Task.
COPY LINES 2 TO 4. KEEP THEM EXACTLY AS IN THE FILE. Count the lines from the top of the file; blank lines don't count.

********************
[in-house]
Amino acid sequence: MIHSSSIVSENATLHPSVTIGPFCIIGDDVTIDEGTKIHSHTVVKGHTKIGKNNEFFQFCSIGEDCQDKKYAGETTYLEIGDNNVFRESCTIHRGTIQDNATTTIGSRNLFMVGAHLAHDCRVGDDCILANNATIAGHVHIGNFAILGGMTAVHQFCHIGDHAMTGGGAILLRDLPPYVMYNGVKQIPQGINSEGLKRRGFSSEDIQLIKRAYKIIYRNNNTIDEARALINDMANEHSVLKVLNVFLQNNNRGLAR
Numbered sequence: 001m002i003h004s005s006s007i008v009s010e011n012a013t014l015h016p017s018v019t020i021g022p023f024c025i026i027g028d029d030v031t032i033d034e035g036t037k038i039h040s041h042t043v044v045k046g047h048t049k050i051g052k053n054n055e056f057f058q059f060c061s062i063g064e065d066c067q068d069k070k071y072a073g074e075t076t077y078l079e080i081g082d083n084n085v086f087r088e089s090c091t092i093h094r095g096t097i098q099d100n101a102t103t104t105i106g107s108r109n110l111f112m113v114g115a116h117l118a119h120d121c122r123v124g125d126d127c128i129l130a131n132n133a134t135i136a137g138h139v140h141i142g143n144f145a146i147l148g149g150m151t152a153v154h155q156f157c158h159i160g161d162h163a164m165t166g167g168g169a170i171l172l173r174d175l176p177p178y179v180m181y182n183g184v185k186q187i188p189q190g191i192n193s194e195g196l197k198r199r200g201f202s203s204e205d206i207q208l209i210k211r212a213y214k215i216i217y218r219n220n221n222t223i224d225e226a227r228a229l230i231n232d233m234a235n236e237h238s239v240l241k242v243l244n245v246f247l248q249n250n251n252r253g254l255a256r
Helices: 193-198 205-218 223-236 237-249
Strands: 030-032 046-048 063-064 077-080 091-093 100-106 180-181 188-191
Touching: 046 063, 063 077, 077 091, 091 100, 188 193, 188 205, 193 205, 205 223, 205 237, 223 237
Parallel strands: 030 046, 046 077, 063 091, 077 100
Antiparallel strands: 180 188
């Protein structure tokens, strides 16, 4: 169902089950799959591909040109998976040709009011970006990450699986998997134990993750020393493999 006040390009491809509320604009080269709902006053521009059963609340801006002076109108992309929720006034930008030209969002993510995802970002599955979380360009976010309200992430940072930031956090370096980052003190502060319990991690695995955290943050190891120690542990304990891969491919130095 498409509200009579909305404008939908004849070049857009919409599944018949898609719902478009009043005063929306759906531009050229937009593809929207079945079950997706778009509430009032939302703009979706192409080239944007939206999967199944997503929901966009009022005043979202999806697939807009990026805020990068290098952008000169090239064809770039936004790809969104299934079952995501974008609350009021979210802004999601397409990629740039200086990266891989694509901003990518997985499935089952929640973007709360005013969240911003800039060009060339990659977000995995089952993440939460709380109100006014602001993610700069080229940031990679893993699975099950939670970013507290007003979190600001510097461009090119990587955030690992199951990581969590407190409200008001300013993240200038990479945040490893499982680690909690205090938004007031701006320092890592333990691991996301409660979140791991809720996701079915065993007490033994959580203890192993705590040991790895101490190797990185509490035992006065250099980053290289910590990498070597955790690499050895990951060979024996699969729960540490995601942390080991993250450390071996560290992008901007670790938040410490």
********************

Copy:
Amino acid sequence: MIHSSSIVSENATLHPSVTIGPFCIIGDDVTIDEGTKIHSHTVVKGHTKIGKNNEFFQFCSIGEDCQDKKYAGETTYLEIGDNNVFRESCTIHRGTIQDNATTTIGSRNLFMVGAHLAHDCRVGDDCILANNATIAGHVHIGNFAILGGMTAVHQFCHIGDHAMTGGGAILLRDLPPYVMYNGVKQIPQGINSEGLKRRGFSSEDIQLIKRAYKIIYRNNNTIDEARALINDMANEHSVLKVLNVFLQNNNRGLAR
Numbered sequence: 001m002i003h004s005s006s007i008v009s010e011n012a013t014l015h016p017s018v019t020i021g022p023f024c025i026i027g028d029d030v031t032i033d034e035g036t037k038i039h040s041h042t043v044v045k046g047h048t049k050i051g052k053n054n055e056f057f058q059f060c061s062i063g064e065d066c067q068d069k070k071y072a073g074e075t076t077y078l079e080i081g082d083n084n085v086f087r088e089s090c091t092i093h094r095g096t097i098q099d100n101a102t103t104t105i106g107s108r109n110l111f112m113v114g115a116h117l118a119h120d121c122r123v124g125d126d127c128i129l130a131n132n133a134t135i136a137g138h139v140h141i142g143n144f145a146i147l148g149g150m151t152a153v154h155q156f157c158h159i160g161d162h163a164m165t166g167g168g169a170i171l172l173r174d175l176p177p178y179v180m181y182n183g184v185k186q187i188p189q190g191i192n193s194e195g196l197k198r199r200g201f202s203s204e205d206i207q208l209i210k211r212a213y214k215i216i217y218r219n220n221n222t223i224d225e226a227r228a229l230i231n232d233m234a235n236e237h238s239v240l241k242v243l244n245v246f247l248q249n250n251n252r253g254l255a256r
Helices: 193-198 205-218 223-236 237-249